The court found that the principles of construction are well established and was not in dispute. The lenders/ claimants and the borrower/ defendant sought to rely upon the passage in Rainy Sky SA v. Kookmin Bank [2011] 1 WLR 2900; [2011] UKSC 50 at [21] to [30]. Thus, it was common ground that it is necessary when construing a commercial contract to strive to attribute to it a meaning which accords with business common sense and to have an eye on the commercial consequences of a particular construction; and that: "If there are two possible constructions, the court is entitled to prefer the construction which is consistent with business common sense and to reject the other".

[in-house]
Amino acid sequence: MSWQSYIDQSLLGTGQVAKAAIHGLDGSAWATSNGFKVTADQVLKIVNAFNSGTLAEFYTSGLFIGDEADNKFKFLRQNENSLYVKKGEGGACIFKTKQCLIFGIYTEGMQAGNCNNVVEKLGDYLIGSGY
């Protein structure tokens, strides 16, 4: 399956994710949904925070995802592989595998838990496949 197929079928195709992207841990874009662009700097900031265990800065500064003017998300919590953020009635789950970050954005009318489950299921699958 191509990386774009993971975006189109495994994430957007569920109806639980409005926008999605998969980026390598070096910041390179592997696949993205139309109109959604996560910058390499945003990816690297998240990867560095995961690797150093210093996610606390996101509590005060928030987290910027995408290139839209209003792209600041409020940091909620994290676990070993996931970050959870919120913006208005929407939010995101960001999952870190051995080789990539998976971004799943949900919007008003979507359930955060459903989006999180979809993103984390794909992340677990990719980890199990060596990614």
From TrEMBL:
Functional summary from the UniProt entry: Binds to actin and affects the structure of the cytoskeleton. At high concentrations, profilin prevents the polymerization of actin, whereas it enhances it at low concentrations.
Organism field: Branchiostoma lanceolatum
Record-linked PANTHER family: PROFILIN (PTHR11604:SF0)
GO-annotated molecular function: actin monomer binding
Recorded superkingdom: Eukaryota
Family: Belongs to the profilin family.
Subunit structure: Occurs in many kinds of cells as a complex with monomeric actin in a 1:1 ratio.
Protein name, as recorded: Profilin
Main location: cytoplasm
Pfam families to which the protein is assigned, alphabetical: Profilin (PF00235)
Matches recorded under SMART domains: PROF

The court however found it difficult to come to a decision as the wording was unclear and ambiguous. The two prepayment clauses are difficult to reconcile. While the decision to refinance the original loan was a voluntary decision on the part of the borrower, especially since the Standard Bank facility was more competitively priced. The prepayment could not have happened in the absence of refinancing arrangements contracted to by the borrower. It is therefore attractive to categorize the prepayment as voluntary, with the result that the lender would be entitled to the prepayment fee. On the other hand, Clause 8.3 envisages that if the borrower issues new equity or incurs new debt, prepayment becomes mandatory to the extent of the proceeds received by the borrower.